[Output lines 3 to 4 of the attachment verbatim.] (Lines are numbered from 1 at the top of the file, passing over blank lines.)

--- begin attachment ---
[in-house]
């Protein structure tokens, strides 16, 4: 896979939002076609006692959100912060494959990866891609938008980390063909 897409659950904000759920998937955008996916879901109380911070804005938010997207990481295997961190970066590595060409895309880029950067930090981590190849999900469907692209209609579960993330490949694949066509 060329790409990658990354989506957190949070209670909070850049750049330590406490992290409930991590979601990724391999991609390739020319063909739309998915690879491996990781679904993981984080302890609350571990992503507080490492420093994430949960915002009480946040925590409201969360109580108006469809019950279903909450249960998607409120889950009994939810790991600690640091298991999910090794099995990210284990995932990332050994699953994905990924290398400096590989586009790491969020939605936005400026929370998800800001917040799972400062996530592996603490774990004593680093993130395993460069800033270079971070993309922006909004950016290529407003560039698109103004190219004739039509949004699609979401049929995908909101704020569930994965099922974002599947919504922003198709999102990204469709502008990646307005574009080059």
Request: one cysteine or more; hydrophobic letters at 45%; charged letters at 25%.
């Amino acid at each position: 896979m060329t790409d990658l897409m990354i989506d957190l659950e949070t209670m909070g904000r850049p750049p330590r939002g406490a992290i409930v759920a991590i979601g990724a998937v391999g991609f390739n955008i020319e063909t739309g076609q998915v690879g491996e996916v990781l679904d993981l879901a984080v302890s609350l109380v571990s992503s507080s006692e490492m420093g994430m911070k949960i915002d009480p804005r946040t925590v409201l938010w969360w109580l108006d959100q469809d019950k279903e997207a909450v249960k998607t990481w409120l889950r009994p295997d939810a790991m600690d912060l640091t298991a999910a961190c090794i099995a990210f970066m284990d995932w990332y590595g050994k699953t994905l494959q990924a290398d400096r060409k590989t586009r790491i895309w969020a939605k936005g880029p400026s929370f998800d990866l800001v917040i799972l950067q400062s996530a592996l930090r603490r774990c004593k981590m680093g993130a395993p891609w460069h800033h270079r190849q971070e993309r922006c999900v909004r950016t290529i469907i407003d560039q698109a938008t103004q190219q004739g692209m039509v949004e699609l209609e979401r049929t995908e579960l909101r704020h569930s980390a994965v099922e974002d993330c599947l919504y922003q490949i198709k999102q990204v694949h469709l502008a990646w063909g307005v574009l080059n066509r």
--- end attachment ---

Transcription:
Request: one cysteine or more; hydrophobic letters at 45%; charged letters at 25%.
């Amino acid at each position: 896979m060329t790409d990658l897409m990354i989506d957190l659950e949070t209670m909070g904000r850049p750049p330590r939002g406490a992290i409930v759920a991590i979601g990724a998937v391999g991609f390739n955008i020319e063909t739309g076609q998915v690879g491996e996916v990781l679904d993981l879901a984080v302890s609350l109380v571990s992503s507080s006692e490492m420093g994430m911070k949960i915002d009480p804005r946040t925590v409201l938010w969360w109580l108006d959100q469809d019950k279903e997207a909450v249960k998607t990481w409120l889950r009994p295997d939810a790991m600690d912060l640091t298991a999910a961190c090794i099995a990210f970066m284990d995932w990332y590595g050994k699953t994905l494959q990924a290398d400096r060409k590989t586009r790491i895309w969020a939605k936005g880029p400026s929370f998800d990866l800001v917040i799972l950067q400062s996530a592996l930090r603490r774990c004593k981590m680093g993130a395993p891609w460069h800033h270079r190849q971070e993309r922006c999900v909004r950016t290529i469907i407003d560039q698109a938008t103004q190219q004739g692209m039509v949004e699609l209609e979401r049929t995908e579960l909101r704020h569930s980390a994965v099922e974002d993330c599947l919504y922003q490949i198709k999102q990204v694949h469709l502008a990646w063909g307005v574009l080059n066509r």